Nurse Leadership Competency Self-Assessment Study: Identifying Leadership Development Needs for a Healthcare System

2.50
Hdl Handle:
http://hdl.handle.net/10755/601995
Category:
Full-text
Format:
Text-based Document
Type:
Presentation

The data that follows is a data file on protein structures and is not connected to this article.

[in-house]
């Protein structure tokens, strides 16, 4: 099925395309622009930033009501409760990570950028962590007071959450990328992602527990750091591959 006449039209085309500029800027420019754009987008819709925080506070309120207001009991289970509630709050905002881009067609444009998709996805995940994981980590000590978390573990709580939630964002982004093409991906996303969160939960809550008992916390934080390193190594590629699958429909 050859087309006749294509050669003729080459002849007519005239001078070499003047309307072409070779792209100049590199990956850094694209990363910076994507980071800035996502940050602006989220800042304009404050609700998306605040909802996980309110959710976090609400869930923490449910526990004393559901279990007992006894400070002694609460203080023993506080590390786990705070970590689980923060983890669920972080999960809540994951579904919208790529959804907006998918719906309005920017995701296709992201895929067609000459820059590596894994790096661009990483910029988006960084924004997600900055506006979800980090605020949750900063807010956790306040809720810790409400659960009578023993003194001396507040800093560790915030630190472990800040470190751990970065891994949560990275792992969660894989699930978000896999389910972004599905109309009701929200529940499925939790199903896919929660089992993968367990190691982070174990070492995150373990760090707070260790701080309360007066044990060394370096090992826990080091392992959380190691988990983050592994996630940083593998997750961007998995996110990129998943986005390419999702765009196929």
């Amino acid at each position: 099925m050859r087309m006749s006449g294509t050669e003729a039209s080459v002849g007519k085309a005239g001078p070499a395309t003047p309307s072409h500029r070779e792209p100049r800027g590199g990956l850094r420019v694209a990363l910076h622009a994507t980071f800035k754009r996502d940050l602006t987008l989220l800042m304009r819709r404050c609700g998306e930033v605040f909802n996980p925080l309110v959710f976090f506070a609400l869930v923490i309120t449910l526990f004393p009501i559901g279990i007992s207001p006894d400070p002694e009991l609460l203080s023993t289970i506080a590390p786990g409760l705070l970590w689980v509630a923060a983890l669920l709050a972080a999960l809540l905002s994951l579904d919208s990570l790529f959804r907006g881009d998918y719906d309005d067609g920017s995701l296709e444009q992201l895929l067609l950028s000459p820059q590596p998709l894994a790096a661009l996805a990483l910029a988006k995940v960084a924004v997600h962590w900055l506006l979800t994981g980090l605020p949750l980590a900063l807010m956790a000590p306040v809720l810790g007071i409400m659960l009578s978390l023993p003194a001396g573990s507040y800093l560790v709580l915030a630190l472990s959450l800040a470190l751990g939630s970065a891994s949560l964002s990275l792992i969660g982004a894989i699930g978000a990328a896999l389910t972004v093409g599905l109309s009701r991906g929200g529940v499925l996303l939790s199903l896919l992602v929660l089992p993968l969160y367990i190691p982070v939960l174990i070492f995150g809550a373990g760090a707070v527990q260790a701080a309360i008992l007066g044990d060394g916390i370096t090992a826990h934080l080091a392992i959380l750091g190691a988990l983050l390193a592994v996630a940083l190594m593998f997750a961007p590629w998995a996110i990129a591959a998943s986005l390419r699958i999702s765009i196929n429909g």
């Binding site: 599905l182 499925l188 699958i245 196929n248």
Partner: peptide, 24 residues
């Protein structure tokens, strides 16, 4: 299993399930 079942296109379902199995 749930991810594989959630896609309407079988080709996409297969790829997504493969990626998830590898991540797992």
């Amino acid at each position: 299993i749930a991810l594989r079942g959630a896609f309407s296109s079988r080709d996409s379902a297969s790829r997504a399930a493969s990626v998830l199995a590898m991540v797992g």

Title:
Nurse Leadership Competency Self-Assessment Study: Identifying Leadership Development Needs for a Healthcare System
Other Titles:
Topics in Nursing Leadership [Session]
Author(s):
Stichler, Jaynelle F.; Ecoff, Laurie
Lead Author STTI Affiliation:
Gamma Gamma
Author Details:
Jaynelle F. Stichler, RN, NEA-BC, FACHE, FAAN, jstichler@aol.com; Laurie Ecoff, RN, NEA-BC
Abstract: